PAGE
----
Football player Michael Sam said he did not feel supported by the NFL after he made history as the first openly gay athlete to be drafted by a team in 2014.
Sam reflected on his brief career as a professional NFL player—which came to a premature end in 2015 after he quit the sport citing mental health issues—while speaking at the University of New Mexico on Tuesday (February 12).
The 29-year-old said that to overcome those mental health issues, he had to do a lot of forgiveness—himself, family members who hurt him and who still do not accept who he is, and also the NFL, reported the Albuquerque Journal.
“The NFL gave me a raw deal. It was tough to forgive them.”
— Michael Sam
“The NFL gave me a raw deal,” Sam was quoted as saying. “It was tough to forgive them. I love football. Football gave me an education and gave me the opportunity I so desperately needed at the time. I really am grateful for the sport.”
Sam, who came out to his college teammates before his senior year at the University of Missouri and then won the title of SEC Defensive Player of the Year in 2013, said he had expected to be drafted in the late second round—but he wasn’t drafted in the St. Louis Rams until the seventh round, one of the last pics that year.
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According to the Albuquerque Journal, Sam told the students he regretted coming out before the draft, believing it had hurt his career chances. It is a feeling the former NFL player has expressed before.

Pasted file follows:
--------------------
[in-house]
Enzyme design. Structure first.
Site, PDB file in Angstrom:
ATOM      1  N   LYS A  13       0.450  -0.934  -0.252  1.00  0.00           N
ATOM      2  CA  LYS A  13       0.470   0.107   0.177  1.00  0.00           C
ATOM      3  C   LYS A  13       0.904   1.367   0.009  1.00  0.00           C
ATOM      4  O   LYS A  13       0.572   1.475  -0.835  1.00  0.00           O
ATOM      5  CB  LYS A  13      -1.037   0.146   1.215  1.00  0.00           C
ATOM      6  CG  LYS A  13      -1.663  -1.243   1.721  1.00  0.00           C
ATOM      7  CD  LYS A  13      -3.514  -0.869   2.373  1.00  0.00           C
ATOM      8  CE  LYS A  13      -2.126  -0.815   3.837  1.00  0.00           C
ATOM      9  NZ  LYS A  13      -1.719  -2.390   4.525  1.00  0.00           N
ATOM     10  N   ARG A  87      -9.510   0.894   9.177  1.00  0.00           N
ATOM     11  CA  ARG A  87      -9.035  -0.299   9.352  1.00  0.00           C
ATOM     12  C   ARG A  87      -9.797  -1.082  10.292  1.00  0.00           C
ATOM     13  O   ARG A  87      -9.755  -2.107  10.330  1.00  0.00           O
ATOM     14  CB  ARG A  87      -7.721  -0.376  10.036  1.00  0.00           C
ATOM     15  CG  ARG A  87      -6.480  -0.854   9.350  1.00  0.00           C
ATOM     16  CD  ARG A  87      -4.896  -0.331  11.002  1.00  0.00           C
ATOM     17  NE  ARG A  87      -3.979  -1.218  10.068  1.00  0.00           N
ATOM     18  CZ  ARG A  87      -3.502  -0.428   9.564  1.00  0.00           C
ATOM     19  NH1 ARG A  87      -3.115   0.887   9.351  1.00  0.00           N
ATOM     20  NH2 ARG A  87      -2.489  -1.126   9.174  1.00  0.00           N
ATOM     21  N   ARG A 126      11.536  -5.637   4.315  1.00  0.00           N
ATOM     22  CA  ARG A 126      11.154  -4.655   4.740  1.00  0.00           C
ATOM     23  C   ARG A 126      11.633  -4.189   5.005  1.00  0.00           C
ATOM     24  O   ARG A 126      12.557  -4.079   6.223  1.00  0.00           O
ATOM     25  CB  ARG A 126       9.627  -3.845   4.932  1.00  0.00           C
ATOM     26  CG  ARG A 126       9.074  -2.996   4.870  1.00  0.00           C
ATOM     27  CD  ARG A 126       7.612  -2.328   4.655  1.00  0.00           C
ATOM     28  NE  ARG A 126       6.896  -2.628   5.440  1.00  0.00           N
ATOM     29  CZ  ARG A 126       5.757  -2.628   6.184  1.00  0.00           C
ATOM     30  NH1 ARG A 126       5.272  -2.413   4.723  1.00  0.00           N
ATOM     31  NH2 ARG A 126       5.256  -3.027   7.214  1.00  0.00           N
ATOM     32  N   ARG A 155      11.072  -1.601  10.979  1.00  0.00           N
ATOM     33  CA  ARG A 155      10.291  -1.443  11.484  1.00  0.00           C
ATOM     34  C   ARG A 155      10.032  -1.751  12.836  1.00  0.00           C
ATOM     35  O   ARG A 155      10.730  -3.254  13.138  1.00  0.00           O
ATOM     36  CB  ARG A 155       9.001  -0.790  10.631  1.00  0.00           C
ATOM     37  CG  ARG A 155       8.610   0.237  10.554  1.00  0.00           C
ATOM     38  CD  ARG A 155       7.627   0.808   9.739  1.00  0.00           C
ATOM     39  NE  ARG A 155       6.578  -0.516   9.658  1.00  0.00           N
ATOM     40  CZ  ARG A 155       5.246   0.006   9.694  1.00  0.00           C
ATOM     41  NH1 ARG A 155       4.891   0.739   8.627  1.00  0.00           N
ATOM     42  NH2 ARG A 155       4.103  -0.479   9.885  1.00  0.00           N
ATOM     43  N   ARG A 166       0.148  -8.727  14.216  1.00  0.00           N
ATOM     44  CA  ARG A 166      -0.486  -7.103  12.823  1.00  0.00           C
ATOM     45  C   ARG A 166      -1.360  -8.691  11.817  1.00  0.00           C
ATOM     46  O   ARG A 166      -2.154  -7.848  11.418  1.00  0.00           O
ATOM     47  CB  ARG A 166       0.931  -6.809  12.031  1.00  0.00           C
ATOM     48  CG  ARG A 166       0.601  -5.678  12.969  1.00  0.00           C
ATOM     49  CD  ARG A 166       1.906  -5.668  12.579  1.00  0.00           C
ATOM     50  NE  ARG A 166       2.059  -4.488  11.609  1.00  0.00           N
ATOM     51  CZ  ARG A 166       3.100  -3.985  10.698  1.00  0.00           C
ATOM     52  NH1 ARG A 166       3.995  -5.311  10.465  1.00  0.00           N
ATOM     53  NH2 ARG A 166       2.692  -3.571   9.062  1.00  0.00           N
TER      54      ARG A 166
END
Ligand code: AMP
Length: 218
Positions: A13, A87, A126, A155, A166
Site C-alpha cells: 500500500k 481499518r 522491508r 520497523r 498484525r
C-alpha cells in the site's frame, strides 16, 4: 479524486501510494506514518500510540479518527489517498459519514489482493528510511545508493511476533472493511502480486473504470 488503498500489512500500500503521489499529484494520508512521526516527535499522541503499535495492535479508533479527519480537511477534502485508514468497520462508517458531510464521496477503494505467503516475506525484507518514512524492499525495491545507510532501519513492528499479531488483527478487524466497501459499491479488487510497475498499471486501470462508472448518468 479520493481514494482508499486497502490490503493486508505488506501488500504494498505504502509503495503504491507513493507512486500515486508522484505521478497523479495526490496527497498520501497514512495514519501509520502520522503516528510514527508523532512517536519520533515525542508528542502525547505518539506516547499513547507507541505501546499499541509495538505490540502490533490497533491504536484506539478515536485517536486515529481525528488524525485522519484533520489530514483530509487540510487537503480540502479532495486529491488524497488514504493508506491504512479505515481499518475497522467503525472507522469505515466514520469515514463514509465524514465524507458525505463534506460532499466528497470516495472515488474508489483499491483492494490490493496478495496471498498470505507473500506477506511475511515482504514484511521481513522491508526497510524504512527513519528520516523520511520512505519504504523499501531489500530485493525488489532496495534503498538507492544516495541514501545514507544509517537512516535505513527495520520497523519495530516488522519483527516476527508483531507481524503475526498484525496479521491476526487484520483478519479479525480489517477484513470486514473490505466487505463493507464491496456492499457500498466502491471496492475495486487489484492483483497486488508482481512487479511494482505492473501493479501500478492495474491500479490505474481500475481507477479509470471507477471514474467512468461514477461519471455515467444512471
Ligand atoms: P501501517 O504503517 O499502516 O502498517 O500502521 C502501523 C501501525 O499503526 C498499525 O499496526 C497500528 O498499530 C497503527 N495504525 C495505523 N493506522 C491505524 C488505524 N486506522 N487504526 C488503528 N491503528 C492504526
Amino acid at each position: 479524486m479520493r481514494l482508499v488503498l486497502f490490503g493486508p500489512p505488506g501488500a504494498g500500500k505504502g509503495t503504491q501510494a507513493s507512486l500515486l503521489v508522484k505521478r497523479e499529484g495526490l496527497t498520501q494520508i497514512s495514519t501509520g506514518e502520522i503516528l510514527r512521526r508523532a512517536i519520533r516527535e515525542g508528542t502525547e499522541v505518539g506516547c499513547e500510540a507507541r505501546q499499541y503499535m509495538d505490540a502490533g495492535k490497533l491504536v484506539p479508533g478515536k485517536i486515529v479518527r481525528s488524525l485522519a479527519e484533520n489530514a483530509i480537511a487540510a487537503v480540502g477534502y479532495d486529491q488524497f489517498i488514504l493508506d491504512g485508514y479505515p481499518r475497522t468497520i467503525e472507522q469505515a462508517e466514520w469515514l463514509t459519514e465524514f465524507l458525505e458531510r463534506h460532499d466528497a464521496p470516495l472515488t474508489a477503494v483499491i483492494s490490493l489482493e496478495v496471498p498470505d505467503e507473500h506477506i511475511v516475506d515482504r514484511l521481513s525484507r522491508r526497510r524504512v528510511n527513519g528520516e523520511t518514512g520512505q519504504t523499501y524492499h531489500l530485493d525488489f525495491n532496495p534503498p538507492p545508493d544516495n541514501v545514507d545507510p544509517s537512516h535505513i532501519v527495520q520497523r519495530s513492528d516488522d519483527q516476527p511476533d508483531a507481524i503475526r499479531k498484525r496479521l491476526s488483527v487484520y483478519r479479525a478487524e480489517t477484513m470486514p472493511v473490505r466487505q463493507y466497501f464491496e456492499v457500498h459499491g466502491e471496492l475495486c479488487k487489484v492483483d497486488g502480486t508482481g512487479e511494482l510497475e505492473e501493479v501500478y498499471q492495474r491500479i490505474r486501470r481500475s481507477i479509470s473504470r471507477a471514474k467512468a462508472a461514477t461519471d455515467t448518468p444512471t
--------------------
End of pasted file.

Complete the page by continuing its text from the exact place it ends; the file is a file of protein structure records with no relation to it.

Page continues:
“I think if I never would have came out, never would have said those words out to the public, I would still be currently in the NFL,” he said in a 2016 interview with Edge of Sports.
At the time, he celebrated the news of the draft kissing his then boyfriend Vito Cammisano, a story that made headlines.
“Who the hell was I supposed to kiss?” Sam said, reflecting on that moment at the February 12 event, quoted in the student publication Daily Lobo.
Michael Sam discusses two negative experiences with teammates
Sam, who had brief stints in the NFL’s St Louis Rams and the Dallas Cowboys and Canadian Football League’s Montreal Alouettes, recalled two instances in which he had negative experiences with his teammates.
According to the Albuquerque Journal, Sam described feeling betrayed by a teammate at the University of Missouri as one of the instances—the other was being called a “negative name” by a fellow Rams player.
Answering questions from students, Sam also revealed that Dallas Cowboys coach Jason Garrett only spoke to him twice, when he first joined the team and to let him know he was cut. Sam said he preferred his Rams coach, Jeff Fisher, because he had made an effort to get to know him.
When student Nadia Mata, who identified as a lesbian, asked Sam about the moment he truly accepted himself, the former NFL player said he accepted himself after a relationship ended because he felt ashamed of being gay, and told himself he was not going to miss out on love again.
He then hugged the student as the audience applauded the touching moment. “It almost felt like acceptance,” Mata said, quoted in the Daily Lobo, adding: “It’s something a lot of LGBT kids don’t get a lot of.”